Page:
Gulf of Mexico
Professor Michal Kamienski (1879-1973) was a Polish astronomer at the University of Cracow who claimed that astronomical research could be used to reveal a more exact date for various landmark events in ancient history. As a result of his investigations, in 1957, he proposed(a) that a part of Halley’s Comet fell into the Gulf of Mexico in 9546 BC or 9540 BC and was responsible for the destruction of Atlantis.
>In 1950, he wrote a paper in support of the moon capture theories of Hoerbiger and the Swedish phyiscist Hannes Alfvén (1908-1995).(b)<
In 1971, Comet Wolf was renamed Comet Wolf-Kamienski in his honour.
(b) Atlantean Research, Vol.2 No.6 Feb/March, 1950<
Cesare Emiliani (1922-1995) was born in Bologna, Italy and is often referred to as the founder of paleoceanography. In 1975, at the University of Miami, Emiliani reported measuring deep-sea cores, taken from the Gulf of Mexico, that demonstrated a shockingly rapid rise of about 325 feet in the world’s sea level — a rate of metres per decade — around 11,600 years ago. When he remarked casually that this was exactly the time Plato had given for the fall of Atlantis his offhand remark was met with severe comments from his peers.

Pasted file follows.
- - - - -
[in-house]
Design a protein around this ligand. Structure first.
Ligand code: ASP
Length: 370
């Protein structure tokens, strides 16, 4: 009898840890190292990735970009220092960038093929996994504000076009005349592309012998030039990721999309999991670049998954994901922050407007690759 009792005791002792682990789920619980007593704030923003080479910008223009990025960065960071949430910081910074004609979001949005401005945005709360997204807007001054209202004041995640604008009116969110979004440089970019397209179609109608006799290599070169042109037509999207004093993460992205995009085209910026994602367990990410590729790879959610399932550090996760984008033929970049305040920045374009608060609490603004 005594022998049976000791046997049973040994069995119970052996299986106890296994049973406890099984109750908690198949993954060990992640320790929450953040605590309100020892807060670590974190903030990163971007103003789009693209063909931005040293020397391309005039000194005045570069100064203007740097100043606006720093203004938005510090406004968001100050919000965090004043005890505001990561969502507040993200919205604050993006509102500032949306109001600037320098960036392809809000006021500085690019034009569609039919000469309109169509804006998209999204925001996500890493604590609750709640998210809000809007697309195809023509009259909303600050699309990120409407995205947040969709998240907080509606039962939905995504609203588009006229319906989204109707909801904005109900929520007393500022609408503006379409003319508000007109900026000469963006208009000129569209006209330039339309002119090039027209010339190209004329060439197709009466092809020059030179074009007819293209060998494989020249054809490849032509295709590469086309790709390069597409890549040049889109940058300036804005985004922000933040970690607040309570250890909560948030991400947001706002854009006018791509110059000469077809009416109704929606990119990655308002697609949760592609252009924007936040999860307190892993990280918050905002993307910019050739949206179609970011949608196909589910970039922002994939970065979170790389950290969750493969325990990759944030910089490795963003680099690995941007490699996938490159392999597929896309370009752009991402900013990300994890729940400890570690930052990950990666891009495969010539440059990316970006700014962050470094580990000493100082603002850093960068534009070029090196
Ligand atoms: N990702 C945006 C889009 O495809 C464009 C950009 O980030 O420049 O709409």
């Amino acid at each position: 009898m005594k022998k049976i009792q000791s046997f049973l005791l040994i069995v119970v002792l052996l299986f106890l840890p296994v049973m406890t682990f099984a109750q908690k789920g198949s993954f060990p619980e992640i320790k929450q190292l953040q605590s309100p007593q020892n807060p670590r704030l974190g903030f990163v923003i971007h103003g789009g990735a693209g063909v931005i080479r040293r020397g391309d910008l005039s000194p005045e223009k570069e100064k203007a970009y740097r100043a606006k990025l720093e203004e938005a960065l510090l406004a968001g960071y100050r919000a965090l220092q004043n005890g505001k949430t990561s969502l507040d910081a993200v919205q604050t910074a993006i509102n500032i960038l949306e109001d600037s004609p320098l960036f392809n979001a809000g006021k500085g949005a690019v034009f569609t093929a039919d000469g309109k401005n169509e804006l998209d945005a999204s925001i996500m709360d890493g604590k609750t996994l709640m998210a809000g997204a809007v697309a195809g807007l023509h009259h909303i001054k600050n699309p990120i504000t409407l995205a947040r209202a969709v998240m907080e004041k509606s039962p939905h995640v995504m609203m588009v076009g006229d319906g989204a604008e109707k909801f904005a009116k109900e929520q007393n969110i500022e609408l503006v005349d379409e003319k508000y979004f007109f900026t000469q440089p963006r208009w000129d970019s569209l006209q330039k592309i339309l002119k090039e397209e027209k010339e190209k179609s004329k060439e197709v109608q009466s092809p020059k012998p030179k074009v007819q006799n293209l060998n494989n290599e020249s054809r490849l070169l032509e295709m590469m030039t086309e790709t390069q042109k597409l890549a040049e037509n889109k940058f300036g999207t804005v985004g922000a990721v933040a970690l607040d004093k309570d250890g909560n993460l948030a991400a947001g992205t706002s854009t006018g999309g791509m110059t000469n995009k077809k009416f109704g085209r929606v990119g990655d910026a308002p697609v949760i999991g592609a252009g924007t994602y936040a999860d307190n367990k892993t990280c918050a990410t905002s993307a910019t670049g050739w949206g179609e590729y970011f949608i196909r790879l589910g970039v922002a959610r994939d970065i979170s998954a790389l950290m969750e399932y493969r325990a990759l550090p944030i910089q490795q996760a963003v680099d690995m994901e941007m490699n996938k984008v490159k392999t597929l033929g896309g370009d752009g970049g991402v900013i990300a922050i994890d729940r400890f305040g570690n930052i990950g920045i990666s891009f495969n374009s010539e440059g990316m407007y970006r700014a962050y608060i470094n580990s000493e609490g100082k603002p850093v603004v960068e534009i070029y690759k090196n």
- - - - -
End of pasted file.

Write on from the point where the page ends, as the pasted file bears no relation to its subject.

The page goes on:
In conversation with Peter Tompkins he suggested that putative Atlantis sites such as the Azores, Spain and locations off the East Coast of the United States could all have been part of the Atlantean empire[802.193].
Emiliani was the translator of Zdenek Kukal’s book Atlantis in the Light of Modern Research (Earth Science Reviews Vol.21).